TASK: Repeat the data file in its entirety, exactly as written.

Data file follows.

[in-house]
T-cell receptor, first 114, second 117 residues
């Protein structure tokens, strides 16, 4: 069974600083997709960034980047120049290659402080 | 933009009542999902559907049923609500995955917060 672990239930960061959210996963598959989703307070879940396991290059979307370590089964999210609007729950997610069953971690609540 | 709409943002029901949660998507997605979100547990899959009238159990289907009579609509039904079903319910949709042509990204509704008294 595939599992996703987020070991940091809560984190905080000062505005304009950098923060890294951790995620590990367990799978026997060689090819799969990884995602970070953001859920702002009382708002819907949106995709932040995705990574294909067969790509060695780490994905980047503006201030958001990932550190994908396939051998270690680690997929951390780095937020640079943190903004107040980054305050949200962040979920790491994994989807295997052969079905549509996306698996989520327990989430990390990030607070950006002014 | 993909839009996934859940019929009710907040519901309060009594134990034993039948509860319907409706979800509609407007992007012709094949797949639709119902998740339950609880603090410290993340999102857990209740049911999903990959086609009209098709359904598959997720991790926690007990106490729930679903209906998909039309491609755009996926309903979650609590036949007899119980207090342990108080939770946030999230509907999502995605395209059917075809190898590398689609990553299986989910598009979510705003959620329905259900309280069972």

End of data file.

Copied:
[in-house]
T-cell receptor, first 114, second 117 residues
């Protein structure tokens, strides 16, 4: 069974600083997709960034980047120049290659402080 | 933009009542999902559907049923609500995955917060 672990239930960061959210996963598959989703307070879940396991290059979307370590089964999210609007729950997610069953971690609540 | 709409943002029901949660998507997605979100547990899959009238159990289907009579609509039904079903319910949709042509990204509704008294 595939599992996703987020070991940091809560984190905080000062505005304009950098923060890294951790995620590990367990799978026997060689090819799969990884995602970070953001859920702002009382708002819907949106995709932040995705990574294909067969790509060695780490994905980047503006201030958001990932550190994908396939051998270690680690997929951390780095937020640079943190903004107040980054305050949200962040979920790491994994989807295997052969079905549509996306698996989520327990989430990390990030607070950006002014 | 993909839009996934859940019929009710907040519901309060009594134990034993039948509860319907409706979800509609407007992007012709094949797949639709119902998740339950609880603090410290993340999102857990209740049911999903990959086609009209098709359904598959997720991790926690007990106490729930679903209906998909039309491609755009996926309903979650609590036949007899119980207090342990108080939770946030999230509907999502995605395209059917075809190898590398689609990553299986989910598009979510705003959620329905259900309280069972």